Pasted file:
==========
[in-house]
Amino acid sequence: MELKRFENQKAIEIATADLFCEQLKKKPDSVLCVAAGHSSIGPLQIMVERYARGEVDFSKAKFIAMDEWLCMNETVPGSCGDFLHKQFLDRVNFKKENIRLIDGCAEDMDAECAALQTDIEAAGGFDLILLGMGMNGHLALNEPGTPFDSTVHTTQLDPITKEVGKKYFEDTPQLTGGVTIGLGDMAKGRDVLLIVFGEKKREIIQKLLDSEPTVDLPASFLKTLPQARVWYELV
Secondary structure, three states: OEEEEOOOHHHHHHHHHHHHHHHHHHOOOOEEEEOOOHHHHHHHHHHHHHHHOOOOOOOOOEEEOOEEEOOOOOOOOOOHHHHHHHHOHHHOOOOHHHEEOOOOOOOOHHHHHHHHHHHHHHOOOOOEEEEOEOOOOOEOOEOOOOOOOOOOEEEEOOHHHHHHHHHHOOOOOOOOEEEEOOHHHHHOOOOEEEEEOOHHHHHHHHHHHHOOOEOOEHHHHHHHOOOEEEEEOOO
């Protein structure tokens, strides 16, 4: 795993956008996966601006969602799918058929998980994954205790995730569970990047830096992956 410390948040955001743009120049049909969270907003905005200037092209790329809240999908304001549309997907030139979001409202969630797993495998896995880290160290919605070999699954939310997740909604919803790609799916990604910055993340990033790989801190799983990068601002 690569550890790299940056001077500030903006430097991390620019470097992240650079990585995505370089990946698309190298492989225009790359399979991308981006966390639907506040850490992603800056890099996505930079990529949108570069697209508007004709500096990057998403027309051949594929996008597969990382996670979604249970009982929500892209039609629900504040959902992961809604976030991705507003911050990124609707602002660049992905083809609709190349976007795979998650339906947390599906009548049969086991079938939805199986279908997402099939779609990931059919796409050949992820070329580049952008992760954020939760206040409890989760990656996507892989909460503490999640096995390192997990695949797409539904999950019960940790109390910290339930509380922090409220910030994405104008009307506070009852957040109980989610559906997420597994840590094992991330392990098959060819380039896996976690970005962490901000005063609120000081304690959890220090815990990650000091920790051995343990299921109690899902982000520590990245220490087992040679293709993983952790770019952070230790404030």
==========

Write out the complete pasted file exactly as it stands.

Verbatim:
[in-house]
Amino acid sequence: MELKRFENQKAIEIATADLFCEQLKKKPDSVLCVAAGHSSIGPLQIMVERYARGEVDFSKAKFIAMDEWLCMNETVPGSCGDFLHKQFLDRVNFKKENIRLIDGCAEDMDAECAALQTDIEAAGGFDLILLGMGMNGHLALNEPGTPFDSTVHTTQLDPITKEVGKKYFEDTPQLTGGVTIGLGDMAKGRDVLLIVFGEKKREIIQKLLDSEPTVDLPASFLKTLPQARVWYELV
Secondary structure, three states: OEEEEOOOHHHHHHHHHHHHHHHHHHOOOOEEEEOOOHHHHHHHHHHHHHHHOOOOOOOOOEEEOOEEEOOOOOOOOOOHHHHHHHHOHHHOOOOHHHEEOOOOOOOOHHHHHHHHHHHHHHOOOOOEEEEOEOOOOOEOOEOOOOOOOOOOEEEEOOHHHHHHHHHHOOOOOOOOEEEEOOHHHHHOOOOEEEEEOOHHHHHHHHHHHHOOOEOOEHHHHHHHOOOEEEEEOOO
């Protein structure tokens, strides 16, 4: 795993956008996966601006969602799918058929998980994954205790995730569970990047830096992956 410390948040955001743009120049049909969270907003905005200037092209790329809240999908304001549309997907030139979001409202969630797993495998896995880290160290919605070999699954939310997740909604919803790609799916990604910055993340990033790989801190799983990068601002 690569550890790299940056001077500030903006430097991390620019470097992240650079990585995505370089990946698309190298492989225009790359399979991308981006966390639907506040850490992603800056890099996505930079990529949108570069697209508007004709500096990057998403027309051949594929996008597969990382996670979604249970009982929500892209039609629900504040959902992961809604976030991705507003911050990124609707602002660049992905083809609709190349976007795979998650339906947390599906009548049969086991079938939805199986279908997402099939779609990931059919796409050949992820070329580049952008992760954020939760206040409890989760990656996507892989909460503490999640096995390192997990695949797409539904999950019960940790109390910290339930509380922090409220910030994405104008009307506070009852957040109980989610559906997420597994840590094992991330392990098959060819380039896996976690970005962490901000005063609120000081304690959890220090815990990650000091920790051995343990299921109690899902982000520590990245220490087992040679293709993983952790770019952070230790404030």